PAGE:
The governing party, with the fight against corruption as one of its stated election promises, dismisses Myburgh’s book out of hand, without having read it, considering the evidence, interrogating Magashule or with the benefit of a criminal investigation. It attacks the author and the media and, worryingly, delivers a threat, saying the party’s leadership is “growing weary” because of attacks “on certain leaders of the ANC”.

Myburgh’s book is part of a “well-coordinated media attack”, in “typical Stratcom style fake news” and the culmination of the author’s “lies”. It “peddles lies”, amounts to “a vicious character assassination campaign” and the newspapers that published stories based on the book are “embarrassing rags”.

The statement not only rejects the book’s allegations but commits the ANC and its leadership – inlcuding the proponents of President Cyril Ramaphosa’s new dawn/thuma mina doctrine – into defending Magashule to the last.

Magashule, who led the Free State to ruin, is described in DPRK-like terms as “one of the most well-known liberation fighters” with a career “that spans over decades” under whose “capabale leadership” the ANC will “secure a resounding (election) victory” in service of “radical economic transformation”.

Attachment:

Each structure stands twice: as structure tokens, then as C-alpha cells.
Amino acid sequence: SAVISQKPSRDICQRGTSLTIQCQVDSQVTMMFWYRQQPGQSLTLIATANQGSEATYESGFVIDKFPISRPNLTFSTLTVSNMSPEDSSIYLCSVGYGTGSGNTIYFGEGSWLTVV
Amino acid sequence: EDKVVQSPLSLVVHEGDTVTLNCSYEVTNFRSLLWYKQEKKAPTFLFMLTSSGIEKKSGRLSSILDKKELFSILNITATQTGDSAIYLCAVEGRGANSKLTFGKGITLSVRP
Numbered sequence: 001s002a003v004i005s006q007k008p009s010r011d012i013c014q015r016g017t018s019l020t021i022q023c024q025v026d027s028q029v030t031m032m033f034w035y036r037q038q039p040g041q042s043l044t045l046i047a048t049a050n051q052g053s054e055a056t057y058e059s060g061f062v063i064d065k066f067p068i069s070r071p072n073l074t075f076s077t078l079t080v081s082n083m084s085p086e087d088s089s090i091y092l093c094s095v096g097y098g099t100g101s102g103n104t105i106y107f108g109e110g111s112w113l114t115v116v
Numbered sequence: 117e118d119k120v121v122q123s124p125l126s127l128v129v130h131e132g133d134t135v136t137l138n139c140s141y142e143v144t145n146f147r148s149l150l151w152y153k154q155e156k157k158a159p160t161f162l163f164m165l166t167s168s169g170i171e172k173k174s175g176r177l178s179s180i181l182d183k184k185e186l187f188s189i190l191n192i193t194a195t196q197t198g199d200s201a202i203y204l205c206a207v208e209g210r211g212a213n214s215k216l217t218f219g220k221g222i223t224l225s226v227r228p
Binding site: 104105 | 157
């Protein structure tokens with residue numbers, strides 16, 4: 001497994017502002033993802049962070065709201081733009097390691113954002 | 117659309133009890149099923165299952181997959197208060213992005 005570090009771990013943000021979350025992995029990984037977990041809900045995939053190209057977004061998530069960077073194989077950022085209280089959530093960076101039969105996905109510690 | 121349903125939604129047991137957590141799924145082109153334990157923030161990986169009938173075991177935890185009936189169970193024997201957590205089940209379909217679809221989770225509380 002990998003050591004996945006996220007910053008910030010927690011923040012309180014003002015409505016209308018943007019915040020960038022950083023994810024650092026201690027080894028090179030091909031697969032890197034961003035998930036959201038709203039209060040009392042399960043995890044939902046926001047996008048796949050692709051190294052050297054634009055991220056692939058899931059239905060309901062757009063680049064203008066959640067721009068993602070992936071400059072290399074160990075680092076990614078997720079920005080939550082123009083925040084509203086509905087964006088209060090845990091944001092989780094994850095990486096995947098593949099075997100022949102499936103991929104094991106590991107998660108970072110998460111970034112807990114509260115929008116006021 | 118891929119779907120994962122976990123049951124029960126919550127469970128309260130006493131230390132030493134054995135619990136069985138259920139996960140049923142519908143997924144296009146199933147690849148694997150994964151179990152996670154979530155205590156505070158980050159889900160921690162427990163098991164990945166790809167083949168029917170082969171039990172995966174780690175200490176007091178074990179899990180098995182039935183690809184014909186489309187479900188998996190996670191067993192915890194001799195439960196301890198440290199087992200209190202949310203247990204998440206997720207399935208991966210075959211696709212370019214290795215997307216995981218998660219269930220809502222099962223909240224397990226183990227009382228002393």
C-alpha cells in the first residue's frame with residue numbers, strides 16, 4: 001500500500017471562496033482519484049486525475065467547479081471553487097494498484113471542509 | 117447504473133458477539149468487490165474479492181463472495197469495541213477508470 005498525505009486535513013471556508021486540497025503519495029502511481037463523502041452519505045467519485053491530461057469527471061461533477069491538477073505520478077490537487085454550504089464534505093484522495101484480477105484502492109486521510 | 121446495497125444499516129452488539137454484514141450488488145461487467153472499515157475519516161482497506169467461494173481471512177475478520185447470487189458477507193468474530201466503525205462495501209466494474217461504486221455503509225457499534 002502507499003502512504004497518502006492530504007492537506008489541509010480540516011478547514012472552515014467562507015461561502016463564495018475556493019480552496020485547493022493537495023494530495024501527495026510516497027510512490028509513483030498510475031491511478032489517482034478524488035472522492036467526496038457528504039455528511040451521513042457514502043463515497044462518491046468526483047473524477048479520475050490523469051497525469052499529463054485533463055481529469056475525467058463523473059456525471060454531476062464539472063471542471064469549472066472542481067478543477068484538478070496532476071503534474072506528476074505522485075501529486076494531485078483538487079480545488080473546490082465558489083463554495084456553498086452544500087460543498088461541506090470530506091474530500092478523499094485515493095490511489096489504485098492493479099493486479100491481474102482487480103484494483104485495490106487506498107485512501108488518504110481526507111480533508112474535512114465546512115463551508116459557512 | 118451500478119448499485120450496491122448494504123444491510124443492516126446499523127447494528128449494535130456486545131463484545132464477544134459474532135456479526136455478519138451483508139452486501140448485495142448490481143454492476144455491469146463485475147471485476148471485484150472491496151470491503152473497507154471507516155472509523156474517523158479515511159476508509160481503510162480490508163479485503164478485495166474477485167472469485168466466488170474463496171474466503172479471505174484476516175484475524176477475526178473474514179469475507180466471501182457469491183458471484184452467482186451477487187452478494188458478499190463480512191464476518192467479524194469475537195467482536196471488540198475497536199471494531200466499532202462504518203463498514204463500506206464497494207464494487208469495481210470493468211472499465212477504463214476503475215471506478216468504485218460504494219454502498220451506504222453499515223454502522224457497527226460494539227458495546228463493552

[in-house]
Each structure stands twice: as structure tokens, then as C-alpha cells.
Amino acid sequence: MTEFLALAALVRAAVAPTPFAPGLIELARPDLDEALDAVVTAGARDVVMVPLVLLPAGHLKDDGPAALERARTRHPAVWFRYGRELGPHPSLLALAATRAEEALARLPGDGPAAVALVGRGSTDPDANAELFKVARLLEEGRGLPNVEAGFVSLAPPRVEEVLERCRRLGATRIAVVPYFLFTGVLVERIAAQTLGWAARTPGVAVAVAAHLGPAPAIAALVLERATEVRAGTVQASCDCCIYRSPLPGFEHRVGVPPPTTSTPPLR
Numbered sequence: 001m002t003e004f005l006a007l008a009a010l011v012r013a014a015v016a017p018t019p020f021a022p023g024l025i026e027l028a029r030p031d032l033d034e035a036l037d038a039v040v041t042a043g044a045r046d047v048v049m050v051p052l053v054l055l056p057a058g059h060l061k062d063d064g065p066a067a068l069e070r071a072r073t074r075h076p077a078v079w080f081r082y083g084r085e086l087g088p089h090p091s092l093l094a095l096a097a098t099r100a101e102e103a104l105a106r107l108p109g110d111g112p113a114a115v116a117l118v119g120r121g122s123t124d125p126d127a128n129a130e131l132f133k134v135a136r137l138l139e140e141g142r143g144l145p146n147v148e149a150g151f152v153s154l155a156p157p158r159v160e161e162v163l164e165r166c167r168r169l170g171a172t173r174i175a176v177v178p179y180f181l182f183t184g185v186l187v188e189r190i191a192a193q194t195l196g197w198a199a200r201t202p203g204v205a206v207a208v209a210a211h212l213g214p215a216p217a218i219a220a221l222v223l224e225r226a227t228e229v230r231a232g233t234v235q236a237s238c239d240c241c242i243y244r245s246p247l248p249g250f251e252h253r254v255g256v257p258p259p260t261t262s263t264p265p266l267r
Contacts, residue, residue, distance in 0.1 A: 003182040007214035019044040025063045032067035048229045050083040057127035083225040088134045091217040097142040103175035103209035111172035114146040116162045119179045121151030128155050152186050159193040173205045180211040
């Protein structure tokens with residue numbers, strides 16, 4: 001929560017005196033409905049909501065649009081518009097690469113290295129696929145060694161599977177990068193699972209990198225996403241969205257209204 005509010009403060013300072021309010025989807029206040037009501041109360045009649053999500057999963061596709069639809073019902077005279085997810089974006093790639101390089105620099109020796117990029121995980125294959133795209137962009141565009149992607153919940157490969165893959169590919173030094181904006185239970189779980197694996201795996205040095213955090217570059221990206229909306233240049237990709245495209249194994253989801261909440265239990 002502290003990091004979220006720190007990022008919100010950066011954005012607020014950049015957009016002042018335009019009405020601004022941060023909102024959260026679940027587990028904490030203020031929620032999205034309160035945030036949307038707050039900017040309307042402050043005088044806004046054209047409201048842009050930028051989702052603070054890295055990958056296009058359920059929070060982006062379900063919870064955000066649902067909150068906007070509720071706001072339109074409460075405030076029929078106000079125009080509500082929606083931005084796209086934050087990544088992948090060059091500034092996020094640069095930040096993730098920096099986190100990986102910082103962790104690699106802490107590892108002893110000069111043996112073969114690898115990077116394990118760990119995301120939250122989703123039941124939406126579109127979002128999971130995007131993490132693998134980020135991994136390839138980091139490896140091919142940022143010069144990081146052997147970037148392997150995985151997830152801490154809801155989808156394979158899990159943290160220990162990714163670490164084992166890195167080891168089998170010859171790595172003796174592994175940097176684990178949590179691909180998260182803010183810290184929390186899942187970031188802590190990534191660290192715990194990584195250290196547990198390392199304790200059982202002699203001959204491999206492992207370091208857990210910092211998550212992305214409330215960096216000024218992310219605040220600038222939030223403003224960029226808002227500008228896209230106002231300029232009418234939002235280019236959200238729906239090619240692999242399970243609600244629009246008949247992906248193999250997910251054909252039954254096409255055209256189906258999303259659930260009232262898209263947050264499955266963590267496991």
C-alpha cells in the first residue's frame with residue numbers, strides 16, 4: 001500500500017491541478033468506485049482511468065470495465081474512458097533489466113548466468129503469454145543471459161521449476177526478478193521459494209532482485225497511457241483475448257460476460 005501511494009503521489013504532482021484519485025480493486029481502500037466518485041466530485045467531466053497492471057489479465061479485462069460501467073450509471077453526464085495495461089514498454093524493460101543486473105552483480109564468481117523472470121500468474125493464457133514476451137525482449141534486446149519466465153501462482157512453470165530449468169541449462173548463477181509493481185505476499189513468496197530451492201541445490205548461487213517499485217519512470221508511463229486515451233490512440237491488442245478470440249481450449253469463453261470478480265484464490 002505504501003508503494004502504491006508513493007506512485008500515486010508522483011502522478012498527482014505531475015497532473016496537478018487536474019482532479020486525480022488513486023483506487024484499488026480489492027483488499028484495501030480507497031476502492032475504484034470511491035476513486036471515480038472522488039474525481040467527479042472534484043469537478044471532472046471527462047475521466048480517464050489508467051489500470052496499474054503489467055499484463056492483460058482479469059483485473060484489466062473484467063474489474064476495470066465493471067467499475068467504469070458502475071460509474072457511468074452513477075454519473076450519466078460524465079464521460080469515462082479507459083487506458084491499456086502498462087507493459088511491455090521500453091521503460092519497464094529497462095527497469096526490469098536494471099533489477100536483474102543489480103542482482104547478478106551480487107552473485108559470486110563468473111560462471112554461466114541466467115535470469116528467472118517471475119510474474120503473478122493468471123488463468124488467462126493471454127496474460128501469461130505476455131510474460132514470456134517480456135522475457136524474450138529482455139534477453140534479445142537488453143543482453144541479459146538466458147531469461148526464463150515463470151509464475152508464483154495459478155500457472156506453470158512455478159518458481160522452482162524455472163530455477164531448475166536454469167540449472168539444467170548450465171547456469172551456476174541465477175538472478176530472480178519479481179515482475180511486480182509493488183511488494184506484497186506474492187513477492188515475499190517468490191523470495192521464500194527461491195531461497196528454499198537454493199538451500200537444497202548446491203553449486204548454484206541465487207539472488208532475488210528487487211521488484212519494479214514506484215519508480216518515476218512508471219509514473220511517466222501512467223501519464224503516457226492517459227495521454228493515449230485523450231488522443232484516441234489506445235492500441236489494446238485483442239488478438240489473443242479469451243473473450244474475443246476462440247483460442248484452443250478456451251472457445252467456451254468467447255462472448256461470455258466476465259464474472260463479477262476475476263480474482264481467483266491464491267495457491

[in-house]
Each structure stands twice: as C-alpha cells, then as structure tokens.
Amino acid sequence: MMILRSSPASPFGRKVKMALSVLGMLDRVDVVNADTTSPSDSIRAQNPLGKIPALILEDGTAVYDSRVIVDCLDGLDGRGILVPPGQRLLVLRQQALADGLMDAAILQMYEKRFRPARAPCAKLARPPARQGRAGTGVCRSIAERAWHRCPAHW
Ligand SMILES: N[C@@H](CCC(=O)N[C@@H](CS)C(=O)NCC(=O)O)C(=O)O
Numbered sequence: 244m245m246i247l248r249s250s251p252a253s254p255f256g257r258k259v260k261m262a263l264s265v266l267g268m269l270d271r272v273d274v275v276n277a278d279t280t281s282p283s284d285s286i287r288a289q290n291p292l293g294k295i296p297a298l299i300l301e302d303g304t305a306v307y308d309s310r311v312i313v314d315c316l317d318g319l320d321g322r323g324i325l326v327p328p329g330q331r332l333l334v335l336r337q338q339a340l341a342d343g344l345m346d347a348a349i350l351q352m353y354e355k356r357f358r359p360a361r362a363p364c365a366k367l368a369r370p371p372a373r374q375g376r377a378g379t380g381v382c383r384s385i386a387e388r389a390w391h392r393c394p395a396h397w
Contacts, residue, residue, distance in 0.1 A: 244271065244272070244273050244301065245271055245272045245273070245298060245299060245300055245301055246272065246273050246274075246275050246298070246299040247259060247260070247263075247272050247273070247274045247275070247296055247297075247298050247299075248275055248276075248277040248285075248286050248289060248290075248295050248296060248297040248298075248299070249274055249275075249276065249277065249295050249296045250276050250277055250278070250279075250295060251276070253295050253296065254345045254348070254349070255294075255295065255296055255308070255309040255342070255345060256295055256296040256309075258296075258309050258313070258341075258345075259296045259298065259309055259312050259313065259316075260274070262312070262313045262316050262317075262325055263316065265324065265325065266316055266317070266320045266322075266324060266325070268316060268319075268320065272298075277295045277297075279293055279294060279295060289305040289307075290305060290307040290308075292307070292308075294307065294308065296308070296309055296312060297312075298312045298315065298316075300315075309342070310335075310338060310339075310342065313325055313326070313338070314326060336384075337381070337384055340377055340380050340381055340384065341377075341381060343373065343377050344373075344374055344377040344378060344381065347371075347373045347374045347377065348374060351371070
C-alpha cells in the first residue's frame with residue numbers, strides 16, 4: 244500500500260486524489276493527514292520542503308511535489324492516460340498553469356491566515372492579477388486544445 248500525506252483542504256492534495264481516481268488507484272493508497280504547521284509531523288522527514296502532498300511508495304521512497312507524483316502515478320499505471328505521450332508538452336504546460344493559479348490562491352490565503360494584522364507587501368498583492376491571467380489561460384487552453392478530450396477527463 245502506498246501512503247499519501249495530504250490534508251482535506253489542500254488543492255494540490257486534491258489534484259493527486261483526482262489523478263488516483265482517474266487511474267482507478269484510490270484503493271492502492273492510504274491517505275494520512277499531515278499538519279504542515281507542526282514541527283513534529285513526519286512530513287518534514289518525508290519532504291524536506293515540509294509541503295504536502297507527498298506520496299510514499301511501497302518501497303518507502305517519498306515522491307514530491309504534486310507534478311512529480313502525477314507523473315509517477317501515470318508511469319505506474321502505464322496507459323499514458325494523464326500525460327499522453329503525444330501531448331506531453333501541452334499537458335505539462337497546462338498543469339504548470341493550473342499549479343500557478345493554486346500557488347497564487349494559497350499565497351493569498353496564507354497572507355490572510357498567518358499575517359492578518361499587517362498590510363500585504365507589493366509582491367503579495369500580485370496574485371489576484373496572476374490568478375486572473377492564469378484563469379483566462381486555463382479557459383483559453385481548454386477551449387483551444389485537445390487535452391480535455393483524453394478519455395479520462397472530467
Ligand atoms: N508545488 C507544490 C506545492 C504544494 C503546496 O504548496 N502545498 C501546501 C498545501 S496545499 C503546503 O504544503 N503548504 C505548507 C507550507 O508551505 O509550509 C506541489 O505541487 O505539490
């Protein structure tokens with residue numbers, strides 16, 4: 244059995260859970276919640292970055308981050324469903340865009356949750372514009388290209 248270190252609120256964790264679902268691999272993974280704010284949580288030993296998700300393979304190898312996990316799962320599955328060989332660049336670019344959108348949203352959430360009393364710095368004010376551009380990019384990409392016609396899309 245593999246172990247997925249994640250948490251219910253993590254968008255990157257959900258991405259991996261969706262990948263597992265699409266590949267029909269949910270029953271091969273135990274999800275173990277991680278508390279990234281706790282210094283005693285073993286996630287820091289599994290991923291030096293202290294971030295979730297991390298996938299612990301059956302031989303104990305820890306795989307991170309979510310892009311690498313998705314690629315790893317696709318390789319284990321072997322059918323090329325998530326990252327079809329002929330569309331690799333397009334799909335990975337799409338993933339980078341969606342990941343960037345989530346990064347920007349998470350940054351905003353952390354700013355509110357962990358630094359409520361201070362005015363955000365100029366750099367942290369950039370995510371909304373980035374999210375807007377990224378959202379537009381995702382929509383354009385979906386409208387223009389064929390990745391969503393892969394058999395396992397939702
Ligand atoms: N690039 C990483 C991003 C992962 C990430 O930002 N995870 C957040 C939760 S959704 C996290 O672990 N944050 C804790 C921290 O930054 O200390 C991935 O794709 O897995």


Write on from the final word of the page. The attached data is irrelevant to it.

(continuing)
Also, the news reports and the book are “anti-black”.

The statement is all over the place.

The party failed dismally in curtailing the corruption, mismanagement and criminality when confronted with evidence when Zuma was the party’s leader. Then, as now with Magashule, it turned a blind eye to investigations that revealed malfeasance, opting to attack the media as instruments of regime change, Western imperialism and white monopoly capital while defending a leader of questionable integrity and ethics.

The ANC’s inability to decisively deal with corruption under Zuma not only caused extensive damage to the country but was directly responsible for the ANC’s recent loss of support. And if the party cannot act in its own interest against tainted leaders, it cannot be expected to act in the national interest.

Ramaphosa and the constitutionalists inside the ANC are locked in battle with Zuma’s rent-seeking faction. Magashule is their flag bearer. And if, after the revelations in Myburgh’s book, he remains untouched it will confirm that Ramaphosa is not winning the battle and that the corruptors are in the ascendancy.

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Myburgh’s book is an excellent investigation into Magashule’s world, but much of what he wrote has been in the public domain for years. Details of the failed province that the Free State has become under Magashule’s leadership are documented in numerous reports of the auditor general, the provincial standing committee on public accounts and Statistics South Africa.

State capture, corruption, poor governance, economic mismanagement – Zuma survived it all. And on Sunday he posted pictures of himself floating belly up in a swimming pool.

The Magashule issue is a test that Ramaphosa’s ANC is seemingly bound to fail. Just look at JZ.